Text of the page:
During the first survey interview, all respondents were asked about their labor market status, i.e. whether they were currently employed or not working. Regardless of their answer, all respondents were then also asked whether they were searching for a job in the last 30 days. If they answered in the affirmative, a follow-up question established the intensity with which they were searching by inquiring about the number of job applications they had submitted during their most recent search. We limit our analysis to the 241 respondents, 123 employed and 118 unemployed, who were searching for jobs at Wave 1. We exclude the respondents who self-identified as out of the labor force (i.e. students, retirees, homemakers, discouraged workers) and employees who were not searching. Detailed information on the construction of all measures can be found in the Appendix to this brief.
Who is looking for work?
In Table 1 we present the sociodemographic characteristics of respondents who were looking for jobs at the first wave of data collection. We find significant differences between the employed and unemployed searchers in educational attainment, poverty prevalence and age. There were fewer respondents with a bachelor's degree or more among the unemployed searchers compared to the employed searchers (15 vs. 32%). Moreover, a greater proportion of the unemployed were classified as below the poverty line, relative to those who were employed (30 vs. 13%). Finally, unemployed job seekers were less likely to be in prime working age—more than half, 52% of them, were between the ages of 19 and 34, in contrast to 42% of the employed who were searching. Additionally, 28% of the unemployed were older than 50 years, compared to only 12% of the employed job seekers.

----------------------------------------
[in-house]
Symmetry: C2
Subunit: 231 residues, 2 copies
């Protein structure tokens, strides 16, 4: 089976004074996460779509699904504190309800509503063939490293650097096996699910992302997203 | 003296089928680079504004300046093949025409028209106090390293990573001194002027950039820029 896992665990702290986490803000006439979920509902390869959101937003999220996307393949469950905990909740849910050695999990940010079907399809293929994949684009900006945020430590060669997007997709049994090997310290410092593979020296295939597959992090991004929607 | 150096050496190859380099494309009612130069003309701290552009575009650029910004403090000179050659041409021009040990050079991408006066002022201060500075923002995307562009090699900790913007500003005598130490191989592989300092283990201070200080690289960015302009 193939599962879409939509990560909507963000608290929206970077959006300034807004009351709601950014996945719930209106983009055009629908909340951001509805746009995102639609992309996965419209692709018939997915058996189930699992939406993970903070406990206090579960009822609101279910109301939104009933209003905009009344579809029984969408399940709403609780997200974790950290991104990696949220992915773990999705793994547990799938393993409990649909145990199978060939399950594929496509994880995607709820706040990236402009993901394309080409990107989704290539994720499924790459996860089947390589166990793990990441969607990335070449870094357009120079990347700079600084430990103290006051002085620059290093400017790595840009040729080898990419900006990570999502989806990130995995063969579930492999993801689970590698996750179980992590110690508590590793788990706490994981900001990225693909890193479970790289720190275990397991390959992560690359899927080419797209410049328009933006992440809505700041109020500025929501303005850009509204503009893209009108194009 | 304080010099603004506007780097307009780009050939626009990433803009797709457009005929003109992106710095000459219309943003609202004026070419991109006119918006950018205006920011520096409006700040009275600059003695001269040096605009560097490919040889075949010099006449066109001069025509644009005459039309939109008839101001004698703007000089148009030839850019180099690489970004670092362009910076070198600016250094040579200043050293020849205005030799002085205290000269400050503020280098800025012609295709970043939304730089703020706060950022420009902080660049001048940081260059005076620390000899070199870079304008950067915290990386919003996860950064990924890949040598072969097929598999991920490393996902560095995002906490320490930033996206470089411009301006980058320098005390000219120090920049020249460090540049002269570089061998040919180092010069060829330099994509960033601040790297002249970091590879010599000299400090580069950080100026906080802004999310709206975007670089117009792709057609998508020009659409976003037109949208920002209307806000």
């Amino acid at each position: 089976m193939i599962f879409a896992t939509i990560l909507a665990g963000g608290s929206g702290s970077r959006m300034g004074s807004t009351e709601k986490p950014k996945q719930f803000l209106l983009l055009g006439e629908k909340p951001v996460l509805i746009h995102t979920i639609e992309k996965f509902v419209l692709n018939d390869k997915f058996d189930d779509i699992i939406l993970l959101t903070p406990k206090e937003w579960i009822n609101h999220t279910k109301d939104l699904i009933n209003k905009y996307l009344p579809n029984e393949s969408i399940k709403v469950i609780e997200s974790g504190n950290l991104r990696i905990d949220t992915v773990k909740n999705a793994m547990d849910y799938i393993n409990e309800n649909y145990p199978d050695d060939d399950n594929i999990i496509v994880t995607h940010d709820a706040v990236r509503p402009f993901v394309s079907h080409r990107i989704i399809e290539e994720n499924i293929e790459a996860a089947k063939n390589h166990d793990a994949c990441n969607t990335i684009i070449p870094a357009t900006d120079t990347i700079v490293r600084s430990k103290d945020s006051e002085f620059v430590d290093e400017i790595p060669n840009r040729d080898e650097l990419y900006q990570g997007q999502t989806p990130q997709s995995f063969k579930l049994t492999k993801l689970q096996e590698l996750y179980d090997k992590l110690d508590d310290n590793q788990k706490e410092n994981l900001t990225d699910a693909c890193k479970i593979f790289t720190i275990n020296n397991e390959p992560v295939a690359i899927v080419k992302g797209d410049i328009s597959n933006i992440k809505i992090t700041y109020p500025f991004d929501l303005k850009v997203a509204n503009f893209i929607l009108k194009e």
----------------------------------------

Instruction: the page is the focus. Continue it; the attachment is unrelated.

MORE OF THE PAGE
Search Intensity and Success
Because the MRRS uniquely asked both the employed and unemployed about the details of their job search, we can contrast their search behaviors. We find that unemployed searchers were on average seeking new employment much more aggressively than employed searchers, with the former reporting a mean of 18.9 applications in contrast with 8.5 reported by the employed. The unemployed searchers appear to be willing to accept lower wages compared to employed searchers, although this difference is not statistically significant. When the survey re-interviewed all respondents at the second wave of data collection, those who were formerly unemployed were more likely to have transitioned into a new job compared to those who were searching for a job while employed—54 vs. 15 percent.
Using a multivariate regression framework, we evaluated the number of applications sent, on average, by employed and unemployment searchers, stratifying by job search success, when other attributes are held constant. These attributes include race (Black or not), gender (female or not), education (bachelor's degree or more vs. less), age, and health (poor or fair health or not). Based on the resulting estimates, we generate the predicted number of applications submitted.